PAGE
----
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Lucius Winslow is a Politics student. He also contributes to the non-party website Open Unionism.

Screen shot 2013-07-23 at 11.27.13As footage recently spread once again across the internet and television screens showing Belfast engulfed in violence, it was easy to understand why the rest of the United Kingdom finds Northern Ireland such a disorienting and seemingly half-foreign place. In such circumstances it seems unusual to advocate that the Tories become more involved. But this is the only coherent position for the Conservative and Unionist Party to adopt. Tories are already well established in Wales, and are not as alien in Scotland as Labour and Alex Salmond like to pretend. But they are nowhere in Northern Ireland – much like the other British parties.

On this issue, the Prime Minister’s motives are beyond reproach. It is to his immense credit that David Cameron spent considerable time and effort on Northern Ireland when he was the Leader of the Opposition. As someone who was in the room at the time, I remember vividly the speech he gave to the Ulster Unionist Conference in 2008. Yet most of us knew that he was probably wasting all the effort, expense, and political capital that his Northern Irish foray entailed, and so it proved. The Conservative-UUP alliance was a massive flop, and failed either to provide a Conservative breakthrough into the province or halt the decline of the Ulster Unionists.

Indeed. it may even have accelerated this, with the UUP’s only MP actually leaving (for, despite representing the most affluent constituency in Northern Ireland, Lady Sylvia Hermon may as well be a Labour MP). In hindsight, the flop was predictable. For the Conservative Party, it was a way of getting MPs in Northern Ireland without having to do any serious lifting. It also let David Cameron deploy the –  admittedly welcome –  line that his party was the only one fighting for the four corners of the Kingdom. But the Tories did not deploy significant amounts of manpower, and did not seriously attempt to push a national agenda in the province.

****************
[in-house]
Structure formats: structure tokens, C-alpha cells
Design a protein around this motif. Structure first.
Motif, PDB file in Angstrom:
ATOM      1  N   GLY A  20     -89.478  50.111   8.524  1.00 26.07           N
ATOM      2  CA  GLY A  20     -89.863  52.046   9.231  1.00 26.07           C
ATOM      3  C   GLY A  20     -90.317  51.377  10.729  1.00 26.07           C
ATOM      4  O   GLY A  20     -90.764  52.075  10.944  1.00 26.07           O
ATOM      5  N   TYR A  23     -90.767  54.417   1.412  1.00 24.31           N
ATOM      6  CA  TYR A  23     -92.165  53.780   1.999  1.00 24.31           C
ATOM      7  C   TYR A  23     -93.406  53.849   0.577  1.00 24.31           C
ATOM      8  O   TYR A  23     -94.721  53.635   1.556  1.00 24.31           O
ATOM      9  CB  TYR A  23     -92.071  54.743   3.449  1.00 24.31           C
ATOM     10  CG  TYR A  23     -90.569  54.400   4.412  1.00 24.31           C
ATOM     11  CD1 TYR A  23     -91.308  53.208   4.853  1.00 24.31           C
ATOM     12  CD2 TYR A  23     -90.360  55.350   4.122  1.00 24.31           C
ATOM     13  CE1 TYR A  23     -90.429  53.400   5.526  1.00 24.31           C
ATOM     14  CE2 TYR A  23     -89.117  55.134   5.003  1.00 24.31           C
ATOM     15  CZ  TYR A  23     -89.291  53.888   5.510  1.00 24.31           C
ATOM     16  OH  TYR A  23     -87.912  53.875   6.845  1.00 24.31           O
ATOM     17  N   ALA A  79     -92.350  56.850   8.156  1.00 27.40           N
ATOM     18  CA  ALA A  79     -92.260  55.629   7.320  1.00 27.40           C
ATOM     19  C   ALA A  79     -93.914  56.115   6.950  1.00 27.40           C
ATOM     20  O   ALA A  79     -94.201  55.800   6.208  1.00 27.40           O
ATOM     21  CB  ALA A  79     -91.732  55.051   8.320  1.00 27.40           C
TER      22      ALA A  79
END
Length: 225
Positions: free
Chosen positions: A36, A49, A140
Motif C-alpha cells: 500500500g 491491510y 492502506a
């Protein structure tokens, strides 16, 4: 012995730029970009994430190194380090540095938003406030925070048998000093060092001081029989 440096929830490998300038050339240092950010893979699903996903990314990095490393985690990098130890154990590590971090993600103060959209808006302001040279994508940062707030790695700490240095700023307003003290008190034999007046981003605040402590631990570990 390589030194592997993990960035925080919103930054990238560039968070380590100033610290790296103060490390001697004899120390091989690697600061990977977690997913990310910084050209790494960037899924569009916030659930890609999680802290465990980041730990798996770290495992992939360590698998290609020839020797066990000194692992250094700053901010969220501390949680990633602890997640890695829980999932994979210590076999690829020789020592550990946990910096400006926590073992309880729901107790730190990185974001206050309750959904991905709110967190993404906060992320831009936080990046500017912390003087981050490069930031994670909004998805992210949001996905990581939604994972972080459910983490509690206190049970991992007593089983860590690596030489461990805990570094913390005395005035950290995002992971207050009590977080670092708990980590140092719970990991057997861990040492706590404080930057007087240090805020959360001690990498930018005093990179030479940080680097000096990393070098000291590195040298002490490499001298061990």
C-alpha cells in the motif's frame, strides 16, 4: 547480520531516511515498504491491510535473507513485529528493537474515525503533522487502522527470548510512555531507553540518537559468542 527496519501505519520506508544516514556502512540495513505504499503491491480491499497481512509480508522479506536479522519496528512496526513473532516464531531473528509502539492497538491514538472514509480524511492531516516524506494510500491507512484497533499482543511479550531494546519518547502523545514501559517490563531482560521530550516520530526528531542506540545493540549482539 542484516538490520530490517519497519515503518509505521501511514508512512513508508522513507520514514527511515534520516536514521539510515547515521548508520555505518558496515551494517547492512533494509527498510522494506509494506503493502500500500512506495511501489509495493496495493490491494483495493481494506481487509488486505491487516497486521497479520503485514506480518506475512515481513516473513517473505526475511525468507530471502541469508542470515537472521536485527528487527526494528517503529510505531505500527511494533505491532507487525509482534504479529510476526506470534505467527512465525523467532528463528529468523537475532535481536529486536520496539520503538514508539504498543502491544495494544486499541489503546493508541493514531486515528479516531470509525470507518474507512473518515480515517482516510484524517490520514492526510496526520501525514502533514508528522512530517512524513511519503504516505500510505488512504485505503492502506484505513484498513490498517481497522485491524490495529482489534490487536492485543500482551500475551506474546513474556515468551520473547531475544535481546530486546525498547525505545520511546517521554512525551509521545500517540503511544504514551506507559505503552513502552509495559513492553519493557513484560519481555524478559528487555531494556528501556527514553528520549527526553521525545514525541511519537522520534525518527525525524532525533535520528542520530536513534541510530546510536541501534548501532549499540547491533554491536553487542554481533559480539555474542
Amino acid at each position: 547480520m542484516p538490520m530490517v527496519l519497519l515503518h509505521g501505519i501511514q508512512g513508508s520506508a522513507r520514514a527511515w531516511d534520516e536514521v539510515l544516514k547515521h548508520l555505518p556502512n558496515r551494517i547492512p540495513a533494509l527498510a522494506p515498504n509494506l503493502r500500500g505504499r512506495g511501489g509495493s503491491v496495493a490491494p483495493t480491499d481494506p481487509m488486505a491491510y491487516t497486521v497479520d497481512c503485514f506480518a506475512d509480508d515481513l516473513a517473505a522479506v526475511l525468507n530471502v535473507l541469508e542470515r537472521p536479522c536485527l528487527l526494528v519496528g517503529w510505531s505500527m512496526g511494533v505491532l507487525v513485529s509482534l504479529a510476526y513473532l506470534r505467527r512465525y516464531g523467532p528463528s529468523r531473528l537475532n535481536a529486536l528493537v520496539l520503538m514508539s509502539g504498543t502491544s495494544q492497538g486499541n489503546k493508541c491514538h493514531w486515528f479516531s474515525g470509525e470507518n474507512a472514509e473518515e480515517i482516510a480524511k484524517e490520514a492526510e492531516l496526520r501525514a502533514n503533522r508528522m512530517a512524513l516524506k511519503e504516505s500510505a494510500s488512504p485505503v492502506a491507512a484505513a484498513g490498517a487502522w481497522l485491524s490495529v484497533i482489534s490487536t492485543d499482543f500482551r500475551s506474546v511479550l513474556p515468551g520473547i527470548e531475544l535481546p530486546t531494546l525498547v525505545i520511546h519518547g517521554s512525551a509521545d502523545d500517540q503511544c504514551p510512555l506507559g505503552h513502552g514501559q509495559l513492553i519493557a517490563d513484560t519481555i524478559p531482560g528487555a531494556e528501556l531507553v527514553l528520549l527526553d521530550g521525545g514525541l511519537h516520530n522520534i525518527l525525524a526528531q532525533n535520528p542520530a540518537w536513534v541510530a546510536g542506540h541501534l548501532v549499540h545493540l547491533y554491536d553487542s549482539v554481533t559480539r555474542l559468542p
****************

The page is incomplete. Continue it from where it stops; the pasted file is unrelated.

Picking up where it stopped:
Instead, they subsidised quite considerably (I believe to the tune of over £250,000) the Ulster Unionists, and didn’t think much else about it. However, the Ulster Unionists made no serious attempt to reform. Under the affable but overly-conciliatory Sir Reg Empey they continued their previous policy drift, and all too often slipped into the easy but vacuous position of criticising the Northern Ireland Executive, but refusing to leave it. Hardly inspiring for voters. Even leaving the substance to one side, the presentation of the link up was a disaster. Whoever chose the name of the new political organisation should probably have been put up against a Peace Wall and summarily executed. For the new coalition was named the Ulster Conservative an Unionists – New Force. UCUNF.

From then on it was always saddled as something slightly ridiculous, which nobody could take seriously. The sense of embarrassment gradually mounted, until no-one really wanted to talk about the link-up. And so there was no fusion of hierarchy, no genuine unification. Meanwhile, Mr Cameron was back in London, doing more important things. Of course, another part of the problem is that only a party which is in trouble would seek help from outside, meaning that any British party which gets involved in this way is likely to shackle itself to a corpse, as the Tories did. Furthermore, by allying with any local party one risks taking a step into sectarian waters, which is not a particularly conducive way to win votes or represent a genuinely new form of politics.

So the only way to grow a party in Northern Ireland is organically. Despite all the difficulties, there is a market for the two mainstream British parties. Now the Labour Party have shamefully turned away from that, even in principal, but the Conservative Party still has a chance. Having multi-member constituencies does grant some scope for the Tories to compete for the bottom seat, and we could pick up some seats in local government. It would take a lot of effort, but it might yield some results. After all, in the 1992 General Election the Conservatives' Dr Lawrence Kennedy managed to gain 32 per cent of the vote in the aforementioned North Down.

Unfortunately, the best chance the Tories had to make gains was when Basil McCrea and John McAllister left the UUP. Sadly they chose instead to make up their own little party, with all the failure that has come with that. But there is always space for the Conservatives in Ulster, and technically the party doesn’t start from absolute zero: in the form of Dr Brian Dunn the Tories have one councillor in Northern Ireland. So there’s hope yet.

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